Advent and Lent, the seasons of Jesus coming and going, are the most precious times of each year for me now. Discovering these extended times of reflection has often reshaped my understanding, apprehension and involvement with the Kingdom.

Lent is a season of waiting—a time of concentrated focus on what matters most but normally gets the least attention.

It is about incubation, gestation. The tortuously slow season when everything is happening inside the egg while we impatiently wait for it to hatch.

During Lent:

  • Unfulfilled dreams become more vivid.
  • Unrealized hopes get more intense.
  • Unanswered prayers are more insistent.
  • Unaccomplished goals are more accusing.

Nothing much happens visibly or on the surface. It is like winter. Whatever happens of any significance happens underground. Hidden. Subversive, covert change.

In the Kingdom, God’s obvious answer to the riddle is the egg comes first. This waiting precedes any working.

Intangible internal transformation leads to extravagant external impact.

I don’t particularly like the internal, unseen, immaterial part of that equation.

I am an event guy. I want visible, palpable results. If it is real I want it to show on the surface. Immediately demonstrable. Undeniable in its calculable outcome. Shock and awe spiritual experience.

And I would like all that now with a side of fries, please.

As with most things God does, Lent is nothing like that. It is about quiet.

Here we sit still long enough to actually hear…walk slow enough to authentically see.

Lent requires withdrawal from distraction. It demands dialing down the noise in time in order to tune into the frequency of eternity.

In some ways the Lenten season is about just sitting there. Not doing, not striving.

Unproductive and inefficient, we experience a loss of the trappings of importance we associate with busy-ness. We enter the character-shaping, heart-transforming work of a God who is in no hurry to radicalize our thoughts and character.

It is slow–deadeningly slow. A tortoise-and-the-hair mismatch of our frenetic world and our faithful God.

But in this maddeningly frustrating stillness is the “gentle whisper” of God that changes the trajectory of life from here on. This stillness is essential for us or we inevitably drift the wrong direction for so long we end up completely off the radar.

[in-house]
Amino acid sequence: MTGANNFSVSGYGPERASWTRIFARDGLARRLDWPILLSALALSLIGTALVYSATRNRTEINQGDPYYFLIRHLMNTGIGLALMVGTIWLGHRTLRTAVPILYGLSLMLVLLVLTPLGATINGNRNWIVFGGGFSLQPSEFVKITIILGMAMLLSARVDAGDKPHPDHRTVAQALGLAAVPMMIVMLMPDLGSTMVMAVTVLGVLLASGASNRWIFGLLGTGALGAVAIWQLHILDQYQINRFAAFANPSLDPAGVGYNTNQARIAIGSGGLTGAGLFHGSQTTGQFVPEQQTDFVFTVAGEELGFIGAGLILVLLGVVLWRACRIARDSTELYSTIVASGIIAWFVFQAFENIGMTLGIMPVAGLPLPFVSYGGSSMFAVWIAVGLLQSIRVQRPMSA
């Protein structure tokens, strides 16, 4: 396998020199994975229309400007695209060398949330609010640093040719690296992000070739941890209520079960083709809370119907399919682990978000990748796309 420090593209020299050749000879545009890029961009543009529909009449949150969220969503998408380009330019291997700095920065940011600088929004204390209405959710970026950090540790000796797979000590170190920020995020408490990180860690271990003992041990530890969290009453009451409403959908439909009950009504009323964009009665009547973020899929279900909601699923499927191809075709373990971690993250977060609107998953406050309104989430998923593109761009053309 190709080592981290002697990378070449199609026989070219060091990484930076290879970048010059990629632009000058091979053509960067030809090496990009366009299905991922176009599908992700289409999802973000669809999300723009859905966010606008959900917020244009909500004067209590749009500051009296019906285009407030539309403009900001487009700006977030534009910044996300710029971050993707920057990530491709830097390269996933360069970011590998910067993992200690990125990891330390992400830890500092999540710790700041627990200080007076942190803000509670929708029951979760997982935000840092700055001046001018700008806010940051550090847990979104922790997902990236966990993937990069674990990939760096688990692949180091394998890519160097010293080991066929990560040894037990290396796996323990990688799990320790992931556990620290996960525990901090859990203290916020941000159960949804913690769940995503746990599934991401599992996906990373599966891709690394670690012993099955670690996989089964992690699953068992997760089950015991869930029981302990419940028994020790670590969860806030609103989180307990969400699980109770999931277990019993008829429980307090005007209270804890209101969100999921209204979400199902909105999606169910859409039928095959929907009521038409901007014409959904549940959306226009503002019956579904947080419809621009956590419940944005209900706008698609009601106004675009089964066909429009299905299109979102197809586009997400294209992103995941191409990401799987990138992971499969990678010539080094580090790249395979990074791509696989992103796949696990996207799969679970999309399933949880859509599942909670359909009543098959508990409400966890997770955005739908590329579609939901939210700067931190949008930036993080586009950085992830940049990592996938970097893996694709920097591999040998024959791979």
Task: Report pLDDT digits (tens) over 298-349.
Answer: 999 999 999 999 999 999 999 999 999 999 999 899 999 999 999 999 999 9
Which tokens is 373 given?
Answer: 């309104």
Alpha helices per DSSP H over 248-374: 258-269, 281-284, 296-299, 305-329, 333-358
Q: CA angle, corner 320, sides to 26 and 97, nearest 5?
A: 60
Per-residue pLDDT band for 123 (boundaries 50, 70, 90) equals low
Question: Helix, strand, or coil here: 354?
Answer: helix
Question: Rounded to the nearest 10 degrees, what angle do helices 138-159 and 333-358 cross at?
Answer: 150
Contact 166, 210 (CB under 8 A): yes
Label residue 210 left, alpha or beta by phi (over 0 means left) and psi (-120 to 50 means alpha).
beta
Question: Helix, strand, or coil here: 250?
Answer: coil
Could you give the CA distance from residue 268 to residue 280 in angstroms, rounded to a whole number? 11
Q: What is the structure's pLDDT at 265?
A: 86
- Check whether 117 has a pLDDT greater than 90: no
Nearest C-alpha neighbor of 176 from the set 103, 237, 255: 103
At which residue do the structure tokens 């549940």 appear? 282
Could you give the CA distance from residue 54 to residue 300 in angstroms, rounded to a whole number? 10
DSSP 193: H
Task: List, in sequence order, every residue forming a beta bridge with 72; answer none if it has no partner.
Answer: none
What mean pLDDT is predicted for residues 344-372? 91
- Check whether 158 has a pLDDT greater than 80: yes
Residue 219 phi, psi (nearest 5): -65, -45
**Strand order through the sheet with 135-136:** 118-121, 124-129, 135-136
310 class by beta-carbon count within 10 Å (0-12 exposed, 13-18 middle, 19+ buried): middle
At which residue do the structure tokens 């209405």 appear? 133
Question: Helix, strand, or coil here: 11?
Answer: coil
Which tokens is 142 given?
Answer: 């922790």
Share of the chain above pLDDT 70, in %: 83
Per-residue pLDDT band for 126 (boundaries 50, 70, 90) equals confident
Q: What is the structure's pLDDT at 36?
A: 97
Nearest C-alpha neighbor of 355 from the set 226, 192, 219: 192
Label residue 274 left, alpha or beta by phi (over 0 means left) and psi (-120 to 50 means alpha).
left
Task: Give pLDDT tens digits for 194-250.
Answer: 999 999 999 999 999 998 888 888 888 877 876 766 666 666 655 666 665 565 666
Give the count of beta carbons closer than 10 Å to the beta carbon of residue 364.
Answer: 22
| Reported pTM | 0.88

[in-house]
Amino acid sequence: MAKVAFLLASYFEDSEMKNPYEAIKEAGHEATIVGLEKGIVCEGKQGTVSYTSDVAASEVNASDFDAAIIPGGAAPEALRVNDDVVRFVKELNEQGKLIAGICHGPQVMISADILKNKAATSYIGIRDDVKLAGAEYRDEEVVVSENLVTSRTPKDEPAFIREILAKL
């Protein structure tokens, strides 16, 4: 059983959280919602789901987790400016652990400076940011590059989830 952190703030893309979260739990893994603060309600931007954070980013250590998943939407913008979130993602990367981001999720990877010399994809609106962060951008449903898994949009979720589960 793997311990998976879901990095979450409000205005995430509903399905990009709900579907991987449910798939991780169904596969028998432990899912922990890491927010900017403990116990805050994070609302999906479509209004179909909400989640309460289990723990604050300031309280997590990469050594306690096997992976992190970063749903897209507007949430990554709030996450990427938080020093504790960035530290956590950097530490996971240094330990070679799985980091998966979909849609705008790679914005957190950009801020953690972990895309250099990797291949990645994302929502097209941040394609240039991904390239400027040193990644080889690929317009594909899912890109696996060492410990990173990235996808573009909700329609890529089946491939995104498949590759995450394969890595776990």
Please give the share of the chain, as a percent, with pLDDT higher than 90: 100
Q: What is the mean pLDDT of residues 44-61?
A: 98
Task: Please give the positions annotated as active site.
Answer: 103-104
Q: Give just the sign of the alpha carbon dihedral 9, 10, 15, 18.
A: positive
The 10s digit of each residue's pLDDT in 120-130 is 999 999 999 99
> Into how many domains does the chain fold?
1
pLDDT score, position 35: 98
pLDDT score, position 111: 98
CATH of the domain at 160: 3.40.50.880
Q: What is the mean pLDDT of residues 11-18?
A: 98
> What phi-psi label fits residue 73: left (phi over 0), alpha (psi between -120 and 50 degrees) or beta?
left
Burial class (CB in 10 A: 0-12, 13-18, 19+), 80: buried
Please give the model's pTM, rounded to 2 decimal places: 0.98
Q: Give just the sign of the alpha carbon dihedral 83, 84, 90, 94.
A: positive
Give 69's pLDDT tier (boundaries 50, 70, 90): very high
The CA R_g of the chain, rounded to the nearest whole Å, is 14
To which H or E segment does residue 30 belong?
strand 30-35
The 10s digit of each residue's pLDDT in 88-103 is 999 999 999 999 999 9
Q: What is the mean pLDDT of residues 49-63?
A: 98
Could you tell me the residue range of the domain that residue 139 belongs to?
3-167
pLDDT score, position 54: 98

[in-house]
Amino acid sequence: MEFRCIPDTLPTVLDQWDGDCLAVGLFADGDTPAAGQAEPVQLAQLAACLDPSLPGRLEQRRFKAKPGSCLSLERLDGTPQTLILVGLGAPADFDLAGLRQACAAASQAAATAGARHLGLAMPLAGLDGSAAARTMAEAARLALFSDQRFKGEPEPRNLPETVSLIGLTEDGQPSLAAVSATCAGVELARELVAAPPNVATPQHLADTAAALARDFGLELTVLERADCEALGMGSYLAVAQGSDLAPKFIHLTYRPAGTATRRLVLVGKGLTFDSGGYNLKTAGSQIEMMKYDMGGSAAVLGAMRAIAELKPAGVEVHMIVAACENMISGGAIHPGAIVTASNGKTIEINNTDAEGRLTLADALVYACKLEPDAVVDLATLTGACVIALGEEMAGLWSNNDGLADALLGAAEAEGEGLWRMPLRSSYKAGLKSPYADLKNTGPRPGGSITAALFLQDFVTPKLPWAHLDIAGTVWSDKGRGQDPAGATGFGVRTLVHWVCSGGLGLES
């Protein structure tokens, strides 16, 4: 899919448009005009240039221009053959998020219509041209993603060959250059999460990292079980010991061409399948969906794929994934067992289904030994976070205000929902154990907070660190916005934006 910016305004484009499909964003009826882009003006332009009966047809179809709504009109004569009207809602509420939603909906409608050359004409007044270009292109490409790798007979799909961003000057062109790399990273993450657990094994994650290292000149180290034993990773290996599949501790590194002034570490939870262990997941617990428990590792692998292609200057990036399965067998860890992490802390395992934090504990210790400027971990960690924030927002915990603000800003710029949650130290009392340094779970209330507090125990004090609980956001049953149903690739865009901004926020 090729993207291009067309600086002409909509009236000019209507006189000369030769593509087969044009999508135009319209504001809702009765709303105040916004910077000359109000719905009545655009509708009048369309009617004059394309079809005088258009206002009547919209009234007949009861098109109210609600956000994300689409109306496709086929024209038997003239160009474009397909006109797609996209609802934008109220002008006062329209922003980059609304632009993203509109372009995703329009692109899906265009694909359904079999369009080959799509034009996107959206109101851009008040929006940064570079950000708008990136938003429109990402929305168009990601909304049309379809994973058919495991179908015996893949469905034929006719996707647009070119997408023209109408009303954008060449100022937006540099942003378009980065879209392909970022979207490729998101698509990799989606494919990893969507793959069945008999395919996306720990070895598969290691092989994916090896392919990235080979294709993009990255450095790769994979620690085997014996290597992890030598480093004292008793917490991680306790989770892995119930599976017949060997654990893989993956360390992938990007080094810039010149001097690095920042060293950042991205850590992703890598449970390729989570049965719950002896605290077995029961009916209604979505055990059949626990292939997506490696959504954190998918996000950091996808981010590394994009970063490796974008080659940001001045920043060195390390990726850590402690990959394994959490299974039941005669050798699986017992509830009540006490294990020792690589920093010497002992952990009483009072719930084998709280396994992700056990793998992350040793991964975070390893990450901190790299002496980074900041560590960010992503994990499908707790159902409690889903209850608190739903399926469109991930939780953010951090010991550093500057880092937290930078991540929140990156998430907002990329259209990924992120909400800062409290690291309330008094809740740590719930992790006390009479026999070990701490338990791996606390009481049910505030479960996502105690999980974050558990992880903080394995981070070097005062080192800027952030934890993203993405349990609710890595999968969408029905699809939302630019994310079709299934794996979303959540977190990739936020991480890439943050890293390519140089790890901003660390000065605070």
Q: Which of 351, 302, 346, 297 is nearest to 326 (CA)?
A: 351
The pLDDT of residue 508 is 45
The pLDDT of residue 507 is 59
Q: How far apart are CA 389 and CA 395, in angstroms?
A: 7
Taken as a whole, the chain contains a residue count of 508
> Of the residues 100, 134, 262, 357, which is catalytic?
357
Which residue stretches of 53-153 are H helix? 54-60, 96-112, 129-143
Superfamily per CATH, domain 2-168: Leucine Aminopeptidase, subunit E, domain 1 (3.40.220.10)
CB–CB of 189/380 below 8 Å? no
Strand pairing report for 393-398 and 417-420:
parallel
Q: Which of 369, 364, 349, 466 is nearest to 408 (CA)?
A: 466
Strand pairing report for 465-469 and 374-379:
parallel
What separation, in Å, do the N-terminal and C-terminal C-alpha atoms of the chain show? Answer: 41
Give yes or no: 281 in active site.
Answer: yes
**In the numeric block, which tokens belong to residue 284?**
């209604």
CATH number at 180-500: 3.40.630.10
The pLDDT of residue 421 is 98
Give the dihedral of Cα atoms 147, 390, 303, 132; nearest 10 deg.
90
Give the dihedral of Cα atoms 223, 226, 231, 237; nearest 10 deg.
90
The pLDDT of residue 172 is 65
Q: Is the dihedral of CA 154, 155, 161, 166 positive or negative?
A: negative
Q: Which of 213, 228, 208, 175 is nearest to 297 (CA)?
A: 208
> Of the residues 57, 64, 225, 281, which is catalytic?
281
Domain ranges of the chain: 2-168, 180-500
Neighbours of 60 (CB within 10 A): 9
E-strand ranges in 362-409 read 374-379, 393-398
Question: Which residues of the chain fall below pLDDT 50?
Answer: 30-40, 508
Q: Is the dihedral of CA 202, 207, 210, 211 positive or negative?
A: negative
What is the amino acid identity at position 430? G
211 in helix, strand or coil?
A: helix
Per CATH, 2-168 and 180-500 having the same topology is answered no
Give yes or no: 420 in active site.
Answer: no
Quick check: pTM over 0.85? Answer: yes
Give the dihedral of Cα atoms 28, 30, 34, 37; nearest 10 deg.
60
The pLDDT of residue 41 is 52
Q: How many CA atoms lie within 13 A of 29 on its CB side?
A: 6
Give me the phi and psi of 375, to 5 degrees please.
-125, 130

Lent carries one message: “In returning and rest you shall be saved; in quietness and in trust shall be your strength.” (Isaiah 30:15)

So this season rolls around every year just in time to correct our course and redirect our energies into the stuff of the Kingdom that matters more than we know because it amounts to more than we can imagine.

This morning I was stunned by these words from Isaiah…“Since before time no one has ever imagined, no ear heard, no eye seen a God like you who works for those who wait.” (Isaiah 64:4, MSG).

All the other “gods” in our lives wait for us to work.

They make incessant demands on our time, energy, dreams and aspirations. Literally waiting for us to wear ourselves down to nothing for them. And in turn, we get nothing from them.

Task-masters, slave-drivers who only value us for what we do, how much we produce, what we add to their little fiefdoms no matter the cost to ours.

But our God, the one true God worthy of the title, waits for us to wait.

God works for those who wait.

He begins at our endings. He picks up where we leave off. He finishes what we give up on.

God is less interested in our feeble efforts to do for Him and more concerned about demonstrating what He can do through us. He is unimpressed with our busyness in doing what we can. Instead, He wants us to quietly be with Him until He is able to do what only He can.

“The LORD will fight for you; you need only to be still.” (Exodus 14:14)

So for me the practices of Lent allow me to enter that season of frustrating madness where I am still until God is no longer still on my behalf.

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Sacred Pandemonium

cmastreeIt finally happened.

After 37 Christmases with 3 children, their loves and our 7 grandkids I guess it was inevitable.

In National Lampoon worthy fashion, this year the Christmas tree fell over.

Now, to be accurate, we have two trees. The formal, pretty one we call “Mom’s tree” and the other is the “family tree”.

This small, well-worn family tree is my favorite because it holds 37 years of memories–ornaments representing every phase of life for our growing brood.

That was the tree that fell.

Well honestly, it had a little help falling over.

The helper’s name is Isabella…she is almost two-and-a-half.

I affectionately call her Pebbles because she is tiny compared to her gargantuan younger cousin Silas, who with equal affection I call Bam Bam.

I could have foreseen Bam Bam knocking over the tree, not a problem. But Pebbles, not a chance.

Guess she showed me!

Our post-Candlelight service, Christmas Eve celebration was in full swing. You know the scene–too much food; too many cookies with wayyyyy too much sugar. Laughter, stories, teasing…and off the charts noise nearing ear-shattering levels.

pebbamFive of the seven grands were present–including the two-year-olds, Pebbles & Bam Bam. To say it was “active” is an understatement.

Caleb, our middle son and Isabella’s dad, had just fallen into his long winter’s nap when the sound of shattering ornaments and the scream of Bella’s older sister, Sophia, crashed through the chaos.

We all ran to the living room to see 8-year old Sophia desperately holding the now horizontal tree to keep it from falling on the completely oblivious culprit, Isabella.